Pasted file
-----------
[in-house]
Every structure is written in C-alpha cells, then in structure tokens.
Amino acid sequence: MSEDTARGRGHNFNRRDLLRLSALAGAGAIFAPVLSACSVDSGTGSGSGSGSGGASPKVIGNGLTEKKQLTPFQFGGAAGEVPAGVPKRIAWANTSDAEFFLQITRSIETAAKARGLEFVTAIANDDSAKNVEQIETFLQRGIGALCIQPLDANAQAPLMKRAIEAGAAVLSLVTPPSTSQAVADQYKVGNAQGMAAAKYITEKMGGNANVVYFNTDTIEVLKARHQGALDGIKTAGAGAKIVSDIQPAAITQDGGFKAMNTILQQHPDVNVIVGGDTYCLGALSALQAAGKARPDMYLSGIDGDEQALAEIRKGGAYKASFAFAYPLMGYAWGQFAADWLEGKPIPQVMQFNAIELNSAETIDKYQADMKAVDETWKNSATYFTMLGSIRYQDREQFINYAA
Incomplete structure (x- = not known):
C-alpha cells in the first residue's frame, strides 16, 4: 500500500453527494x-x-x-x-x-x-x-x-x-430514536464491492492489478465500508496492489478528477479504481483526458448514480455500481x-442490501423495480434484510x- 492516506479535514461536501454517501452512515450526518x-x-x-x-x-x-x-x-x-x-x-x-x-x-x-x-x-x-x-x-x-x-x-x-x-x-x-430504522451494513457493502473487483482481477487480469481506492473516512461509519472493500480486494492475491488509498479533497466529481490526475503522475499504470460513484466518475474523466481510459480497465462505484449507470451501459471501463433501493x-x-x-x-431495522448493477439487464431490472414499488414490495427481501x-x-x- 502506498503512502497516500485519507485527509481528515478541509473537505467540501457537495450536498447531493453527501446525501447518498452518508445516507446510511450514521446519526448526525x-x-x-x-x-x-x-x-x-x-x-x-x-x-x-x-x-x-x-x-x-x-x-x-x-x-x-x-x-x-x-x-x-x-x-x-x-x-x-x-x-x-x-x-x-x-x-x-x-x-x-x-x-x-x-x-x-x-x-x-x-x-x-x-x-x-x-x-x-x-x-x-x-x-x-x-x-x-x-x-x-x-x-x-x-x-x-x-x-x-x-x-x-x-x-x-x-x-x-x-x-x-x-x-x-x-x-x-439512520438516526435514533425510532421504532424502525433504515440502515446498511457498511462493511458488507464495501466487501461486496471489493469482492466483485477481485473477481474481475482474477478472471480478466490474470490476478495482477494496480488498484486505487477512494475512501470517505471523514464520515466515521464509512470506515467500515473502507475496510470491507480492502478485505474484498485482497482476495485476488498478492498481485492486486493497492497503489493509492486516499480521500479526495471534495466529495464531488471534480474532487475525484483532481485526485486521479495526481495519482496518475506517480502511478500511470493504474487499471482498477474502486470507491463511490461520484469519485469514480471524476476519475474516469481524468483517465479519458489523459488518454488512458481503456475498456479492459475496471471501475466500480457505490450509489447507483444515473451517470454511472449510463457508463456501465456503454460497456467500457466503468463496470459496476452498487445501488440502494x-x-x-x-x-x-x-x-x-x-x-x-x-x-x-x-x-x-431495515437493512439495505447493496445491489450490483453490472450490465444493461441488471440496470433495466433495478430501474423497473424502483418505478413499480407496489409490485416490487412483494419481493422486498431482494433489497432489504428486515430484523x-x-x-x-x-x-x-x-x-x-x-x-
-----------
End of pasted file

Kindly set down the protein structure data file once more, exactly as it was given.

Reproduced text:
[in-house]
Every structure is written in C-alpha cells, then in structure tokens.
Amino acid sequence: MSEDTARGRGHNFNRRDLLRLSALAGAGAIFAPVLSACSVDSGTGSGSGSGSGGASPKVIGNGLTEKKQLTPFQFGGAAGEVPAGVPKRIAWANTSDAEFFLQITRSIETAAKARGLEFVTAIANDDSAKNVEQIETFLQRGIGALCIQPLDANAQAPLMKRAIEAGAAVLSLVTPPSTSQAVADQYKVGNAQGMAAAKYITEKMGGNANVVYFNTDTIEVLKARHQGALDGIKTAGAGAKIVSDIQPAAITQDGGFKAMNTILQQHPDVNVIVGGDTYCLGALSALQAAGKARPDMYLSGIDGDEQALAEIRKGGAYKASFAFAYPLMGYAWGQFAADWLEGKPIPQVMQFNAIELNSAETIDKYQADMKAVDETWKNSATYFTMLGSIRYQDREQFINYAA
Incomplete structure (x- = not known):
C-alpha cells in the first residue's frame, strides 16, 4: 500500500453527494x-x-x-x-x-x-x-x-x-430514536464491492492489478465500508496492489478528477479504481483526458448514480455500481x-442490501423495480434484510x- 492516506479535514461536501454517501452512515450526518x-x-x-x-x-x-x-x-x-x-x-x-x-x-x-x-x-x-x-x-x-x-x-x-x-x-x-430504522451494513457493502473487483482481477487480469481506492473516512461509519472493500480486494492475491488509498479533497466529481490526475503522475499504470460513484466518475474523466481510459480497465462505484449507470451501459471501463433501493x-x-x-x-431495522448493477439487464431490472414499488414490495427481501x-x-x- 502506498503512502497516500485519507485527509481528515478541509473537505467540501457537495450536498447531493453527501446525501447518498452518508445516507446510511450514521446519526448526525x-x-x-x-x-x-x-x-x-x-x-x-x-x-x-x-x-x-x-x-x-x-x-x-x-x-x-x-x-x-x-x-x-x-x-x-x-x-x-x-x-x-x-x-x-x-x-x-x-x-x-x-x-x-x-x-x-x-x-x-x-x-x-x-x-x-x-x-x-x-x-x-x-x-x-x-x-x-x-x-x-x-x-x-x-x-x-x-x-x-x-x-x-x-x-x-x-x-x-x-x-x-x-x-x-x-x-x-439512520438516526435514533425510532421504532424502525433504515440502515446498511457498511462493511458488507464495501466487501461486496471489493469482492466483485477481485473477481474481475482474477478472471480478466490474470490476478495482477494496480488498484486505487477512494475512501470517505471523514464520515466515521464509512470506515467500515473502507475496510470491507480492502478485505474484498485482497482476495485476488498478492498481485492486486493497492497503489493509492486516499480521500479526495471534495466529495464531488471534480474532487475525484483532481485526485486521479495526481495519482496518475506517480502511478500511470493504474487499471482498477474502486470507491463511490461520484469519485469514480471524476476519475474516469481524468483517465479519458489523459488518454488512458481503456475498456479492459475496471471501475466500480457505490450509489447507483444515473451517470454511472449510463457508463456501465456503454460497456467500457466503468463496470459496476452498487445501488440502494x-x-x-x-x-x-x-x-x-x-x-x-x-x-x-x-x-x-431495515437493512439495505447493496445491489450490483453490472450490465444493461441488471440496470433495466433495478430501474423497473424502483418505478413499480407496489409490485416490487412483494419481493422486498431482494433489497432489504428486515430484523x-x-x-x-x-x-x-x-x-x-x-x-